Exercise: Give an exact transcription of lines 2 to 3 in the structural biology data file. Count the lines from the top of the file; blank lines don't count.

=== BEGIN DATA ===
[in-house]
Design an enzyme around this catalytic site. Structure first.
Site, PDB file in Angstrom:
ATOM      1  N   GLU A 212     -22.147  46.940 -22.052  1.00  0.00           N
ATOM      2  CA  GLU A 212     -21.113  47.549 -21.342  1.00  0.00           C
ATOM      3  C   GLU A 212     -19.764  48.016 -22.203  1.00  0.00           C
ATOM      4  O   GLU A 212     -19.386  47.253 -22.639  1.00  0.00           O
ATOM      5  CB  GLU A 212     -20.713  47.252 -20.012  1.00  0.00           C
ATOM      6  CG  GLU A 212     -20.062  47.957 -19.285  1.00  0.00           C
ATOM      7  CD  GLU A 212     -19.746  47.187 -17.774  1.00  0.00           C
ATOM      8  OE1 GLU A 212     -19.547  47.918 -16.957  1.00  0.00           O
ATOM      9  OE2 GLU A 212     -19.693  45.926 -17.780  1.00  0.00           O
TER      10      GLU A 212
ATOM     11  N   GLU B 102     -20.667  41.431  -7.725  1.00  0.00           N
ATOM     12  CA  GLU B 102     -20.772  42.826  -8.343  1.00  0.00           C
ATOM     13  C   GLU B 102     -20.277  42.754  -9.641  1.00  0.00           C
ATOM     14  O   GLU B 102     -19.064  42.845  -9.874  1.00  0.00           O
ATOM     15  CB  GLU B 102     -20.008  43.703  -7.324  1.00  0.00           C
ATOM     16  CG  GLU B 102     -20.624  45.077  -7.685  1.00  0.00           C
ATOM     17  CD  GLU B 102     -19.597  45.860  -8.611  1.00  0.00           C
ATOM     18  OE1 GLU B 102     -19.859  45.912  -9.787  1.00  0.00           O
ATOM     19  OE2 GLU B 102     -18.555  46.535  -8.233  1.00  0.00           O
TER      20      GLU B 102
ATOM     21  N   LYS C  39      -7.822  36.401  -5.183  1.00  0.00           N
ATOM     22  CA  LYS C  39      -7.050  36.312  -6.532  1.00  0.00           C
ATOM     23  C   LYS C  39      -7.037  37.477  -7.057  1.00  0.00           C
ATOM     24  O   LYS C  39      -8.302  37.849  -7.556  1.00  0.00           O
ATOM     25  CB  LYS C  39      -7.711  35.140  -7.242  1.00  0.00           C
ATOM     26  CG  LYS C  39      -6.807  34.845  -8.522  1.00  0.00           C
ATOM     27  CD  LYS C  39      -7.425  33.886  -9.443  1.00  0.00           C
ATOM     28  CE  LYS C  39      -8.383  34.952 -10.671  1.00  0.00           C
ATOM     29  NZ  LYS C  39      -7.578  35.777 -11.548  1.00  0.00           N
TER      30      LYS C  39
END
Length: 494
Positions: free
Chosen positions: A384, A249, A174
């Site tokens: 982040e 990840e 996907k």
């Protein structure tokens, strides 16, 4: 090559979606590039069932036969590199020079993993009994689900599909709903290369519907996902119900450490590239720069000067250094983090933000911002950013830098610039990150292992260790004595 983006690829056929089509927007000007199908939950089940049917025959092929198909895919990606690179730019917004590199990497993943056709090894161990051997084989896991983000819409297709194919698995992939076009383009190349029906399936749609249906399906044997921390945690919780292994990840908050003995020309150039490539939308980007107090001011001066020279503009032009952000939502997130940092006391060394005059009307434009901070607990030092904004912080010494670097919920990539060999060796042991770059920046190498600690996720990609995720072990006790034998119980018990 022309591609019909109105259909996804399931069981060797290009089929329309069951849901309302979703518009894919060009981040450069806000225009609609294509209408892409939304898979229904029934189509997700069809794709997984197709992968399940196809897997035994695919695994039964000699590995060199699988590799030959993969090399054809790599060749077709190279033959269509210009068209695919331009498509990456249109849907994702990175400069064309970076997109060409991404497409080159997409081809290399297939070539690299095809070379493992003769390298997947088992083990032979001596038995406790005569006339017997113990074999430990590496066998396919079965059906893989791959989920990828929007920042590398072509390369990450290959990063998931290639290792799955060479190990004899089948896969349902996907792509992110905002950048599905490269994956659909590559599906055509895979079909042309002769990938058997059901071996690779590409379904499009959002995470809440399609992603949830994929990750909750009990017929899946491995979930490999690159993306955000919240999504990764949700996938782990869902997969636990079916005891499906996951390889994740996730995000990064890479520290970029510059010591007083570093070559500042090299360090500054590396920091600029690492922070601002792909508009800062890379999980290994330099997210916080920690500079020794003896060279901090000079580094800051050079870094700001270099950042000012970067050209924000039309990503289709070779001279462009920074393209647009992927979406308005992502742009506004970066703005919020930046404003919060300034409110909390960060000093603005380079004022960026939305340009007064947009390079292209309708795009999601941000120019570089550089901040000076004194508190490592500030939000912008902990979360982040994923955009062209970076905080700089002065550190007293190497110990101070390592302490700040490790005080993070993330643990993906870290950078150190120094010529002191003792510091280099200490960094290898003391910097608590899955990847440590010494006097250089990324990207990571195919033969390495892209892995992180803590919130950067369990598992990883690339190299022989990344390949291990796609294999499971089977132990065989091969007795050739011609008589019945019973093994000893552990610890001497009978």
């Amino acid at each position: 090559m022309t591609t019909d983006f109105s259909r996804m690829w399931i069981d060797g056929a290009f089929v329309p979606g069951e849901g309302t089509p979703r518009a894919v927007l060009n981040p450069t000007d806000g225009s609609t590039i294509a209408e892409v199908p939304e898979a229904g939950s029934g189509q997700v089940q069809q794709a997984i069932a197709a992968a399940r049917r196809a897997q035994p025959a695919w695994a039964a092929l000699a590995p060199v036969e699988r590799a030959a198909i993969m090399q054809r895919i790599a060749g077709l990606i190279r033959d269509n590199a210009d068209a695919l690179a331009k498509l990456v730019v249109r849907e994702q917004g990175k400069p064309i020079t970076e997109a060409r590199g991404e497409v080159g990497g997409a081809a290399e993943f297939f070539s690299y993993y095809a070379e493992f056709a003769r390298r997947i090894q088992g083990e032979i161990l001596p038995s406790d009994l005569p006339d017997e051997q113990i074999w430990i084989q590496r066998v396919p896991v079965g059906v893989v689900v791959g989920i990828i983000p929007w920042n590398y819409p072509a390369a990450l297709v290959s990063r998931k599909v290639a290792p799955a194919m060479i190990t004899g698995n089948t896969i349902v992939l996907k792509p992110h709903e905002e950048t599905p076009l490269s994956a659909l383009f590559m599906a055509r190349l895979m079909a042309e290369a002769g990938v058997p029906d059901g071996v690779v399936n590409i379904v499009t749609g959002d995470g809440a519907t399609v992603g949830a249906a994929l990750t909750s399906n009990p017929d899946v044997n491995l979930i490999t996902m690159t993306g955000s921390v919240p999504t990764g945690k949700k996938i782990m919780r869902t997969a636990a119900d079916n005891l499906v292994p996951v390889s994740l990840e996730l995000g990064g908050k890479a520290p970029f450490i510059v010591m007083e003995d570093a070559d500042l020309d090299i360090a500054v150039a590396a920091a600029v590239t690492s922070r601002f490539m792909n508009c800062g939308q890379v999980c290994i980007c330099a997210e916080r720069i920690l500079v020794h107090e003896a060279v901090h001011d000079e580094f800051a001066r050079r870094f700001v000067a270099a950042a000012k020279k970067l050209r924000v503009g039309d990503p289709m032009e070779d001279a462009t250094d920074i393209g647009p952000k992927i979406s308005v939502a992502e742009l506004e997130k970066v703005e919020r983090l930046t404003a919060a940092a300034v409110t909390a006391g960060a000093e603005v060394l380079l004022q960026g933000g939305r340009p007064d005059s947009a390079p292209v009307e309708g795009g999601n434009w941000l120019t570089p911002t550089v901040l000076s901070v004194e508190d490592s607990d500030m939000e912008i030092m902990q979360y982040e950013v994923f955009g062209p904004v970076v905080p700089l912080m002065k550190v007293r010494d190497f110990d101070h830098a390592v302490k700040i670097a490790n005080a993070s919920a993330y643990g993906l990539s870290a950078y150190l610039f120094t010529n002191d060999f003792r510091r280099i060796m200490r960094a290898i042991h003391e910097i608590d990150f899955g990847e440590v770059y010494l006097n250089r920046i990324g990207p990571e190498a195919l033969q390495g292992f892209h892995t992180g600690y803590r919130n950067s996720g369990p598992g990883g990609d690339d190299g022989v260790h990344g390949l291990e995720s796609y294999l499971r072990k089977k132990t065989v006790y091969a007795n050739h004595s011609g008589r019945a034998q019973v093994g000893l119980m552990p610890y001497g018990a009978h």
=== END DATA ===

Design an enzyme around this catalytic site. Structure first.
Site, PDB file in Angstrom: